So what changed this time?

Okay, so let’s look at the cold, hard facts.

My GMAT score stayed the same (710)

My GPA is the same as well (9.03)

The last time I checked, I was still an Indian engineer

My work experience moved up from about 19 months to 26 months

My job title is now “Product Manager” and not the dreaded “Software Engineer” it was before

My post MBA goal looks legit now because I have the experience to back it up

A senior colleague at my new job wrote what I can only assume was a stellar letter of recommendation

Let me tell ya, I had to work my butt off to transition from being a code monkey to someone making actual product decisions. I must have applied to nearly a 100 places and interviewed at about 25 until I finally got the job I wanted. But I persevered because I knew that MBA or not, this was where I wanted my career to go.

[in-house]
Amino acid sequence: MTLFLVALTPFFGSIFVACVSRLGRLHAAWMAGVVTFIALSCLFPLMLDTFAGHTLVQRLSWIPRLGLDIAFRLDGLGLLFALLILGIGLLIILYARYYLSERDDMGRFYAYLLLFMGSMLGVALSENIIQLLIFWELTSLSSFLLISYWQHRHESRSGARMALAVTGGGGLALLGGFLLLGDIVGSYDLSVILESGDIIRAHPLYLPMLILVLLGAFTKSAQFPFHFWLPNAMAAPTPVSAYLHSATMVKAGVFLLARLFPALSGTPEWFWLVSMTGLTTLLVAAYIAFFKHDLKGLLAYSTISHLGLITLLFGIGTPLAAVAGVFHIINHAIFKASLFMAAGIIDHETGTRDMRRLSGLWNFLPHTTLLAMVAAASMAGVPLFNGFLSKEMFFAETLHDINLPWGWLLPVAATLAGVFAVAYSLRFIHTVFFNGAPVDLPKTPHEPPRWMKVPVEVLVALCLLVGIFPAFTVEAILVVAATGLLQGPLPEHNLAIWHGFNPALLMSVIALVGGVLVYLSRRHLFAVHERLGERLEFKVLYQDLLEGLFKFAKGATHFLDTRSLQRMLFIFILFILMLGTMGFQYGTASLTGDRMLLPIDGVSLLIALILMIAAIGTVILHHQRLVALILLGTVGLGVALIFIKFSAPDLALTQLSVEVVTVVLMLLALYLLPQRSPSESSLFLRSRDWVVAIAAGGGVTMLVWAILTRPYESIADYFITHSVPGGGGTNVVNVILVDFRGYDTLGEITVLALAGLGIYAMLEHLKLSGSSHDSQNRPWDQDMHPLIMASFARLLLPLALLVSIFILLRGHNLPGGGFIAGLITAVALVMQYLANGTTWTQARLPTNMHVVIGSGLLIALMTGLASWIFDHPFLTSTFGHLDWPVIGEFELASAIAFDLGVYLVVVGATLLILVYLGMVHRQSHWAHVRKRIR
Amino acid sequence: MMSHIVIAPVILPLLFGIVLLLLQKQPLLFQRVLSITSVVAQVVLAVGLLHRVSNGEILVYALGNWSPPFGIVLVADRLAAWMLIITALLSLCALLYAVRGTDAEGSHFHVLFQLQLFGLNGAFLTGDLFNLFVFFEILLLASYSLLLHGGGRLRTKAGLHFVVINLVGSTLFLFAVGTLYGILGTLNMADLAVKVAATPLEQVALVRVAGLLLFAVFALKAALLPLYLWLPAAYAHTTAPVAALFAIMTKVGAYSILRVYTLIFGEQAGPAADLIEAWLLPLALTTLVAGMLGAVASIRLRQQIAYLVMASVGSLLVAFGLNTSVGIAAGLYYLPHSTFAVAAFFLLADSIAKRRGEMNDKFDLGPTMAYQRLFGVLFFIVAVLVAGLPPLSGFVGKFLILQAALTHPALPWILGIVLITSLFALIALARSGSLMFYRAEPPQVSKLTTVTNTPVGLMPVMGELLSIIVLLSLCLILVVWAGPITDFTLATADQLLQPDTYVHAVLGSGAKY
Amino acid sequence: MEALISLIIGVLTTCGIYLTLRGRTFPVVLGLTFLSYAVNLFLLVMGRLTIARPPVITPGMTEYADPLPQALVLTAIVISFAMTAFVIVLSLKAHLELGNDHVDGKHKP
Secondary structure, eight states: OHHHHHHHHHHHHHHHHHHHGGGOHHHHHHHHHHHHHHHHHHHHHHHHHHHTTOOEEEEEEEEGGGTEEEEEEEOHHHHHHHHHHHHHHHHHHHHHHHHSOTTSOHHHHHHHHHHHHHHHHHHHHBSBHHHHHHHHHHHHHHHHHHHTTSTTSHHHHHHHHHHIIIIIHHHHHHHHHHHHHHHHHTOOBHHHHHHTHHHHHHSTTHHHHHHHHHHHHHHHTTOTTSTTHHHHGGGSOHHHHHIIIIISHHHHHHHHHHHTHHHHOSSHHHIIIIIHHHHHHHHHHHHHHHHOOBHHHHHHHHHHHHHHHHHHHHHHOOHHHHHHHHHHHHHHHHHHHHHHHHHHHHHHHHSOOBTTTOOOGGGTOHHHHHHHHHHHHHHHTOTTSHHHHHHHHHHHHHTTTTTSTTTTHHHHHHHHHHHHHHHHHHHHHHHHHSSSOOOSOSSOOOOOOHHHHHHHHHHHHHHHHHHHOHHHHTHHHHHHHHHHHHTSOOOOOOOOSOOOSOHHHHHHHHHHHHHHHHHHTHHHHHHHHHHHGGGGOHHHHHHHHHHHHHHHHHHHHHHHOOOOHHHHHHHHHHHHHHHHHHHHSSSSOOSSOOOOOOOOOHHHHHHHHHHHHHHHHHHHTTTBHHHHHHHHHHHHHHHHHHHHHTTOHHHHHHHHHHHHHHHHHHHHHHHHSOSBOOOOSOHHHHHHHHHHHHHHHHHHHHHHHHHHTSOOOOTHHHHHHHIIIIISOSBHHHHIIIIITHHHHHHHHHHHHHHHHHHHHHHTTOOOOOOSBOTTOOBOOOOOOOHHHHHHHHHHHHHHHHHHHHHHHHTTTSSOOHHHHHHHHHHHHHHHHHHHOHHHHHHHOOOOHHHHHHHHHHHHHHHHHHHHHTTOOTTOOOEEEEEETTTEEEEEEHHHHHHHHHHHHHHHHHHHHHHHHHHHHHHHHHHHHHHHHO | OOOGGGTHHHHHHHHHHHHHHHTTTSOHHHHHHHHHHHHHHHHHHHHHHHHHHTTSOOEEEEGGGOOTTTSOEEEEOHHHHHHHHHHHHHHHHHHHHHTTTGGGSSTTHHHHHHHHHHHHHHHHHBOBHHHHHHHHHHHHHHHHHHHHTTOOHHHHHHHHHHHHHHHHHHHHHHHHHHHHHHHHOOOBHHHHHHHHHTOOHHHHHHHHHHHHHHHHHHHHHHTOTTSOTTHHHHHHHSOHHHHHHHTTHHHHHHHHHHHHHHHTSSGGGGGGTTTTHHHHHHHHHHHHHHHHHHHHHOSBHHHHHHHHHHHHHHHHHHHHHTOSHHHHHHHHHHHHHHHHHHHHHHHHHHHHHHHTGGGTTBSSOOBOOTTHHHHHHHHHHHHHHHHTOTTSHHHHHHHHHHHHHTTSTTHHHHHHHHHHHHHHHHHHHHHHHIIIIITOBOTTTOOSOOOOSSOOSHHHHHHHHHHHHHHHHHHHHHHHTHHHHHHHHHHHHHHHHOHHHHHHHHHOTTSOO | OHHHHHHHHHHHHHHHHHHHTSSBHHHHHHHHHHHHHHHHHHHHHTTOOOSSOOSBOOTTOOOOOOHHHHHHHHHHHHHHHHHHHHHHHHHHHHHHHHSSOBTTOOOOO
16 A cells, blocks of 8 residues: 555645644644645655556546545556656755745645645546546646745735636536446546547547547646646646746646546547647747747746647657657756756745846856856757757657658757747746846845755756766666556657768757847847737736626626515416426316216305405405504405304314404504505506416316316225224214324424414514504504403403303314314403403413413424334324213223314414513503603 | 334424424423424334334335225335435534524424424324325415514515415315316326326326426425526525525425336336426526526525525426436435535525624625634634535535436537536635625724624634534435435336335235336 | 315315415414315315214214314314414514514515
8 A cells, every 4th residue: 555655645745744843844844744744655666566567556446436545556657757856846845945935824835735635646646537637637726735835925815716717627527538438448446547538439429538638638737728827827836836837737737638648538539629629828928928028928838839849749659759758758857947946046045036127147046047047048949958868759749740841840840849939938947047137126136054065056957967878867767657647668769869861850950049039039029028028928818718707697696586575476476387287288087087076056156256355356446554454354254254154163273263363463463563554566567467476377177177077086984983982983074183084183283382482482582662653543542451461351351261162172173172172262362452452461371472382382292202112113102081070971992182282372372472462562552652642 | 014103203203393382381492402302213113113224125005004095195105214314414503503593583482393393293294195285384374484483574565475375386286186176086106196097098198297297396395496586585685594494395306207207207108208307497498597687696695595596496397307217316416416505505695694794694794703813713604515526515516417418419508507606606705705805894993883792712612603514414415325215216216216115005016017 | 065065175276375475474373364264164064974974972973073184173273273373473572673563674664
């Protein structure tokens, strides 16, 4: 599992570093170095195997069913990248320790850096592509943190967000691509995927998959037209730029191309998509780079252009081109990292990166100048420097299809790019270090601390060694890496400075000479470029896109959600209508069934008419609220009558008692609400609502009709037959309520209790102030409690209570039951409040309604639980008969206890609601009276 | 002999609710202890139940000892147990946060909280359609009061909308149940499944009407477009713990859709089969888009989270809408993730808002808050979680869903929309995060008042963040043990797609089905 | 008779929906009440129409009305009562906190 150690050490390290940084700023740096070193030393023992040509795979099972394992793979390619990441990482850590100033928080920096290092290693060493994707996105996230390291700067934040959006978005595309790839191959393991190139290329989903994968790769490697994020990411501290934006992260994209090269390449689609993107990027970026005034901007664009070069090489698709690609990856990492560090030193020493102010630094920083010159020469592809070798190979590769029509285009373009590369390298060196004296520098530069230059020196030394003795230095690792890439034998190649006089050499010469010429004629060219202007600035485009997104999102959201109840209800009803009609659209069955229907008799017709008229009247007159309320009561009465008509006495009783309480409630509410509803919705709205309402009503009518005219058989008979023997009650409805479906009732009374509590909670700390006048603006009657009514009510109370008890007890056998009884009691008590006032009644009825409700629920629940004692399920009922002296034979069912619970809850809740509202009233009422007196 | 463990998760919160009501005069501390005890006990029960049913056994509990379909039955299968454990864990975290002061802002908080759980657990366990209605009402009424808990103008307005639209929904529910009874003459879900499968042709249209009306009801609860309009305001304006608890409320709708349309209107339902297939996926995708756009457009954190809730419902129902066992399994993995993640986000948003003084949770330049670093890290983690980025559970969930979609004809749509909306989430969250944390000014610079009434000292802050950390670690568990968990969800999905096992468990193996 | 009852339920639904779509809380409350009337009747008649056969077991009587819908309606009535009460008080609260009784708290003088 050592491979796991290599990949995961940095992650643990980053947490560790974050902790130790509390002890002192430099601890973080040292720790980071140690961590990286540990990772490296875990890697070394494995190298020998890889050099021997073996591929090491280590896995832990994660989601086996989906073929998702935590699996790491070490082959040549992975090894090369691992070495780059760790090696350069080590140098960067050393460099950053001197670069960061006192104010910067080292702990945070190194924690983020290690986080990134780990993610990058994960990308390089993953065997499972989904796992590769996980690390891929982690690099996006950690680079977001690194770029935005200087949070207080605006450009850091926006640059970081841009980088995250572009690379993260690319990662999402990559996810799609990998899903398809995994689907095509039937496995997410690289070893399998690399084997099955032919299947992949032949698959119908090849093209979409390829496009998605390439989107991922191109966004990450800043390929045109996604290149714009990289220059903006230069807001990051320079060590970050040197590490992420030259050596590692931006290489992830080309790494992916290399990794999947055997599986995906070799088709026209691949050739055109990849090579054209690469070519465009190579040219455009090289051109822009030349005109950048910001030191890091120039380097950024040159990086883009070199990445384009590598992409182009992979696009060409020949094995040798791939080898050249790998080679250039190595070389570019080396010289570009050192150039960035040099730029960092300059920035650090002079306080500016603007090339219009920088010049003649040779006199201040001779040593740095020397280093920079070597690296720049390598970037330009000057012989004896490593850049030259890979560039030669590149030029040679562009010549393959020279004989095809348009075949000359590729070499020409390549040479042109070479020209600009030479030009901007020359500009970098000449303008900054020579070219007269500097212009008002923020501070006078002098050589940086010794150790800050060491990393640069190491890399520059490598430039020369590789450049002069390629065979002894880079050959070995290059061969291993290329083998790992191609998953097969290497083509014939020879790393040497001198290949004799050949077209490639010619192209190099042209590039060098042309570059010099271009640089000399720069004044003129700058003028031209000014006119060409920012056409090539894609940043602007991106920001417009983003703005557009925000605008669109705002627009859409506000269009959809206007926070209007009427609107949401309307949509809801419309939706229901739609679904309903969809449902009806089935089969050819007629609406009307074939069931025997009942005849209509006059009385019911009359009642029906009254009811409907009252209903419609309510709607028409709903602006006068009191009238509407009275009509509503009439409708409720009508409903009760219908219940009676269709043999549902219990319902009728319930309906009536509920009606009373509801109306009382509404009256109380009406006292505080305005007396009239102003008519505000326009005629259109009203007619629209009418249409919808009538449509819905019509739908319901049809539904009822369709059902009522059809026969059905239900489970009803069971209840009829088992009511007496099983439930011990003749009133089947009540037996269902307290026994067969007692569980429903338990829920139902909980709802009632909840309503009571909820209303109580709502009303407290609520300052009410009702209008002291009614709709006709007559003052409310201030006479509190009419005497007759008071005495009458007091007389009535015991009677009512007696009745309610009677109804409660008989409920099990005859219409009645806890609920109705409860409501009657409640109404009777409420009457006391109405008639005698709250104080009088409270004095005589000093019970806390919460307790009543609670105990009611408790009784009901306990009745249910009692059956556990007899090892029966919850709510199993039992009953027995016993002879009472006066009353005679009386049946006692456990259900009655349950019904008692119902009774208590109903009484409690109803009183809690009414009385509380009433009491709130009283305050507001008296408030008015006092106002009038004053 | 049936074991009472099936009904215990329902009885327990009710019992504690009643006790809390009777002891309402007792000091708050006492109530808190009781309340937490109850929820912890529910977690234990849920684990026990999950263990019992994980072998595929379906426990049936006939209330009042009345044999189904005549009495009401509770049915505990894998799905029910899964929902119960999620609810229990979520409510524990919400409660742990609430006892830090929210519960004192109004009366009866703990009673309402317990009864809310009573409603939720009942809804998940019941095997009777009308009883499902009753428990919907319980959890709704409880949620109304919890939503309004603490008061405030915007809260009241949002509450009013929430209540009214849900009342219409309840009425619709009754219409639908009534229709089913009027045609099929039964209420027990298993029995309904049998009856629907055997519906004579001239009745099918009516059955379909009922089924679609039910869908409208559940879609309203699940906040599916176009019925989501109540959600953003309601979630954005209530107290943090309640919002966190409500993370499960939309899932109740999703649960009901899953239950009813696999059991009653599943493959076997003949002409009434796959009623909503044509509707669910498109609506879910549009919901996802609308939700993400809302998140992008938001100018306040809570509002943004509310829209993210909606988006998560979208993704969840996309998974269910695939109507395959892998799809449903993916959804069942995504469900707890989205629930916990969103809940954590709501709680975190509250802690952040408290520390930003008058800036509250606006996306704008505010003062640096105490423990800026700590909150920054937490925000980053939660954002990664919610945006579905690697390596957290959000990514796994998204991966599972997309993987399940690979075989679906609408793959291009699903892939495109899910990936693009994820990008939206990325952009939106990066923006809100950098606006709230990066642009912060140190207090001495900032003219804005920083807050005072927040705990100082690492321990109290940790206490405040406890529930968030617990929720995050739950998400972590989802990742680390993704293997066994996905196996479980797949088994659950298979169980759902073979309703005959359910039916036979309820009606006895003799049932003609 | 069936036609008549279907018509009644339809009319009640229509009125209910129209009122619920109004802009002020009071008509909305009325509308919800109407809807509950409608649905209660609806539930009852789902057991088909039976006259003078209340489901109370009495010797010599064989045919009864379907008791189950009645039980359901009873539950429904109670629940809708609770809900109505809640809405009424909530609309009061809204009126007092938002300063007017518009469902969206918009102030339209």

I guess the lesson here is: don’t let the fact that you got rejected bring you down (if you are a reapplicant like I was). The lofty goals that you’d written about in your essay? You can still get closer to achieving them without an MBA. By self-selection, most applicants are ambitious, go-getters who honestly don’t need an MBA to get where they want to go. Of course, if you still think business school is right for you, then your application will be stronger than it ever was before.

Apart from switching jobs, I also narrowed down my goals even further. Previously, my short-term goal was to “work in company X as a PM”. I changed that to “work in company X’s Y division as a PM”. I backed it up with very relevant experience that I had and tied it in neatly to my long term goal. I’m sure it wasn’t a huge distinction, but it became super relevant during my interview, where surprisingly enough I spoke to a 2nd year student who had a ton of knowledge about my field of interest (odd because it’s quite a niche area).  I believe that this worked in my favour since I was immediately able to establish common ground and our conversation centered more around the latest developments in that industry than the usual “tell me how you…” stuff.